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El Tajín

Photo: Michael Swiggart, Pyramid

Spotlight on the World Heritage Site El Tajín, located in the state of Veracruz.

El Tajin was at its height from the early 9th to the early 13th century. It became the most important center in north-east Mesoamerica after the fall of the Teotihuacan Empire. Its cultural influence extended all along the Gulf and penetrated into the Maya region and the high plateau of central Mexico. Its architecture, which is unique in Mesoamerica, is characterized by elaborate carved reliefs on the columns and frieze.

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World Heritage
El Tajín, named after the Totonac rain god, was named a World Heritage site in 1992, due to its cultural importance and its architecture.



Formerly it was thought that through the ball game the movement of the cosmos could be altered and influence the decision of the gods, seeking benefits for the community in general. Tajín is known for being the second Mesoamerican city with the largest number of courts for the ball game, so far 17 have been identified, taking into account the above, Tajín is a great shrine where the ball flew from one side to another looking for favors divine.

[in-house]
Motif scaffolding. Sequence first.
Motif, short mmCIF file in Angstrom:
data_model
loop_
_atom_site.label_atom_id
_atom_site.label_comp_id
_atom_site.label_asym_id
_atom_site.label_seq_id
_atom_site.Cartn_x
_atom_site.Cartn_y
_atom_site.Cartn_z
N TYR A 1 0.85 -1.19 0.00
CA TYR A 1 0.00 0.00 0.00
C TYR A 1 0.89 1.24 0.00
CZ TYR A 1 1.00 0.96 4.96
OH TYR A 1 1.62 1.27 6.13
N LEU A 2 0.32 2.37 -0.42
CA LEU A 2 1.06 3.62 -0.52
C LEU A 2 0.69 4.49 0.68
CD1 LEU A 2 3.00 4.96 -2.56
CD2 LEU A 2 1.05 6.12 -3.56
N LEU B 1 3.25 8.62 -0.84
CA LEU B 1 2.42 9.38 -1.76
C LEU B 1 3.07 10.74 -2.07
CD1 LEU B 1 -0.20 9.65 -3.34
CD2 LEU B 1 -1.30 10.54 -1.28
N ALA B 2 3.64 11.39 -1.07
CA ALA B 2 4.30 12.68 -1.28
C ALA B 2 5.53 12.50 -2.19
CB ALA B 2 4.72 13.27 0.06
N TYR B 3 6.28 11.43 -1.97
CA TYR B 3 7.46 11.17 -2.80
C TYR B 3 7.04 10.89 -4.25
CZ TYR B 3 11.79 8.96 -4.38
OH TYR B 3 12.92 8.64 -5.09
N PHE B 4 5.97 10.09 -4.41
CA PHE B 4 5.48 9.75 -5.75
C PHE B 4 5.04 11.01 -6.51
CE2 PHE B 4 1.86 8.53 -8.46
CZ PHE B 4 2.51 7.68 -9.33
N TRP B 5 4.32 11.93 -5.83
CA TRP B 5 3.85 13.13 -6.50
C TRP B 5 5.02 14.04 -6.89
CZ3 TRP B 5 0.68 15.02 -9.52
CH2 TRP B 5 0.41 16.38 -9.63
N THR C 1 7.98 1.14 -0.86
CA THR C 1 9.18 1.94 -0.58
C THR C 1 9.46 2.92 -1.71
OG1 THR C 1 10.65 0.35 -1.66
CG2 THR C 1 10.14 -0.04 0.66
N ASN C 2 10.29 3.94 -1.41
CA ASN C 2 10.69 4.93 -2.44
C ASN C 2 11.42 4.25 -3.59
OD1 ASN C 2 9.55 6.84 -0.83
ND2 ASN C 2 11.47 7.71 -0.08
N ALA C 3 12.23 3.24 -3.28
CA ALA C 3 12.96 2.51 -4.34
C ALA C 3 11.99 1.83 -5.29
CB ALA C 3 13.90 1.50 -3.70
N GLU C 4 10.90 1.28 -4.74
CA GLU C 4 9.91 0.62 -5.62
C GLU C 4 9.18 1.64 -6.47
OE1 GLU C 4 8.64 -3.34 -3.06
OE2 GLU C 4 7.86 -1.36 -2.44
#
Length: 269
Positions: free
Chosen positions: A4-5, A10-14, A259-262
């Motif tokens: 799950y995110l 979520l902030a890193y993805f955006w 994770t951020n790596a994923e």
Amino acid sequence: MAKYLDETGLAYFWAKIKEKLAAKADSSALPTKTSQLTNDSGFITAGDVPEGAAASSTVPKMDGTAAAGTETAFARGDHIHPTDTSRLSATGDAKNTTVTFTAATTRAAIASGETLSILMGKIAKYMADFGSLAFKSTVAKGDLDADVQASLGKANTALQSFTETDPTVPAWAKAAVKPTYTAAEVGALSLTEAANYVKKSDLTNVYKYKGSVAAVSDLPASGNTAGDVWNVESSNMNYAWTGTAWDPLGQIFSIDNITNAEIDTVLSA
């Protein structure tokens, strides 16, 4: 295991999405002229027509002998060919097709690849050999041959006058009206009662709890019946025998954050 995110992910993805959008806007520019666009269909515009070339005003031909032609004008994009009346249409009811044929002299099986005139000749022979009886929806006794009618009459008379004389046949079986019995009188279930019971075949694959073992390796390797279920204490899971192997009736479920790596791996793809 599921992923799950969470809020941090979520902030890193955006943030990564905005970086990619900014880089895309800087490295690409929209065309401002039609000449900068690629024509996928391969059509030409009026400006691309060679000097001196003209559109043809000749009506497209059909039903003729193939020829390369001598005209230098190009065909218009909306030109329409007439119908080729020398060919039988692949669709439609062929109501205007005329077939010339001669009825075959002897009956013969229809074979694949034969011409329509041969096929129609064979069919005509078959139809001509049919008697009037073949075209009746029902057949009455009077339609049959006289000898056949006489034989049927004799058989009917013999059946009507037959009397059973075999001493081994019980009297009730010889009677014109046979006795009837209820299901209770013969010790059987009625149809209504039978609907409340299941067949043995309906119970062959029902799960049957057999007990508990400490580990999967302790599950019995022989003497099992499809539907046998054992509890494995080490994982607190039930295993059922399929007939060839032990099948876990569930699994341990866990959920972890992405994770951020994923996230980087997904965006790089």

Through a journey through the history of the ruler 13 rabbit and the explorations in this ancient Mesoamerican city told in the voice of its protagonists and through Juan Villoro’s chronicle, we travel in the feathered serpent to the very center of the cosmos and look for movement of the divine ball in Tajín, the city of lightning.

El Tajin 018

El Tajín





Mexico’s National Institute of Anthropology and History (INAH)

INAH’s Talking stones (Piedras Que Hablan)

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